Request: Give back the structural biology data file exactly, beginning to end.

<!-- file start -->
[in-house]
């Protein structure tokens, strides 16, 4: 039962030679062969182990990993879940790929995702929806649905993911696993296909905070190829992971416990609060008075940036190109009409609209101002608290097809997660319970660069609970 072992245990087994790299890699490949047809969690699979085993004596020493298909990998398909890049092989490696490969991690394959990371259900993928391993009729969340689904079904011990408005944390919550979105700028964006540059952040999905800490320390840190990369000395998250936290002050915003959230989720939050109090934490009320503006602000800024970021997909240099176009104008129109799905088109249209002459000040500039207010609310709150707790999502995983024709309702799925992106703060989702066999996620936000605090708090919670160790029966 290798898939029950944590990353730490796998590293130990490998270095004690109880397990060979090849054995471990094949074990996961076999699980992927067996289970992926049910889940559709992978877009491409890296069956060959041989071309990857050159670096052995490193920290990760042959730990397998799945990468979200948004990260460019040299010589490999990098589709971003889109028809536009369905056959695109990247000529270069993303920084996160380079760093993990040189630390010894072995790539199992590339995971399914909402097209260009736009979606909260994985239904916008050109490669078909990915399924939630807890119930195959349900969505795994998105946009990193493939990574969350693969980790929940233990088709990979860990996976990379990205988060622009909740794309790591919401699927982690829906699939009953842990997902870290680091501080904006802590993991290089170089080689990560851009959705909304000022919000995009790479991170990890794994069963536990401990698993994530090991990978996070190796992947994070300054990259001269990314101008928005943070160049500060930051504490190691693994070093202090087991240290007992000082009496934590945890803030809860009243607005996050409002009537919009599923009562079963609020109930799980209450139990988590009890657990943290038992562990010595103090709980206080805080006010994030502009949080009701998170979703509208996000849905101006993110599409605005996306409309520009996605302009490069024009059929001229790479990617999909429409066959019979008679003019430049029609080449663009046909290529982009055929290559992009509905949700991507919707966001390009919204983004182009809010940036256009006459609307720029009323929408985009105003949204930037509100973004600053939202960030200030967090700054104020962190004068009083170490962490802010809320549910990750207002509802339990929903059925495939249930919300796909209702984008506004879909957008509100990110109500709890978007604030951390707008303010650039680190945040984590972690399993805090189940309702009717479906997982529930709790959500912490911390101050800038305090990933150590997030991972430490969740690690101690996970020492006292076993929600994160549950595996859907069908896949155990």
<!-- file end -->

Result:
[in-house]
């Protein structure tokens, strides 16, 4: 039962030679062969182990990993879940790929995702929806649905993911696993296909905070190829992971416990609060008075940036190109009409609209101002608290097809997660319970660069609970 072992245990087994790299890699490949047809969690699979085993004596020493298909990998398909890049092989490696490969991690394959990371259900993928391993009729969340689904079904011990408005944390919550979105700028964006540059952040999905800490320390840190990369000395998250936290002050915003959230989720939050109090934490009320503006602000800024970021997909240099176009104008129109799905088109249209002459000040500039207010609310709150707790999502995983024709309702799925992106703060989702066999996620936000605090708090919670160790029966 290798898939029950944590990353730490796998590293130990490998270095004690109880397990060979090849054995471990094949074990996961076999699980992927067996289970992926049910889940559709992978877009491409890296069956060959041989071309990857050159670096052995490193920290990760042959730990397998799945990468979200948004990260460019040299010589490999990098589709971003889109028809536009369905056959695109990247000529270069993303920084996160380079760093993990040189630390010894072995790539199992590339995971399914909402097209260009736009979606909260994985239904916008050109490669078909990915399924939630807890119930195959349900969505795994998105946009990193493939990574969350693969980790929940233990088709990979860990996976990379990205988060622009909740794309790591919401699927982690829906699939009953842990997902870290680091501080904006802590993991290089170089080689990560851009959705909304000022919000995009790479991170990890794994069963536990401990698993994530090991990978996070190796992947994070300054990259001269990314101008928005943070160049500060930051504490190691693994070093202090087991240290007992000082009496934590945890803030809860009243607005996050409002009537919009599923009562079963609020109930799980209450139990988590009890657990943290038992562990010595103090709980206080805080006010994030502009949080009701998170979703509208996000849905101006993110599409605005996306409309520009996605302009490069024009059929001229790479990617999909429409066959019979008679003019430049029609080449663009046909290529982009055929290559992009509905949700991507919707966001390009919204983004182009809010940036256009006459609307720029009323929408985009105003949204930037509100973004600053939202960030200030967090700054104020962190004068009083170490962490802010809320549910990750207002509802339990929903059925495939249930919300796909209702984008506004879909957008509100990110109500709890978007604030951390707008303010650039680190945040984590972690399993805090189940309702009717479906997982529930709790959500912490911390101050800038305090990933150590997030991972430490969740690690101690996970020492006292076993929600994160549950595996859907069908896949155990």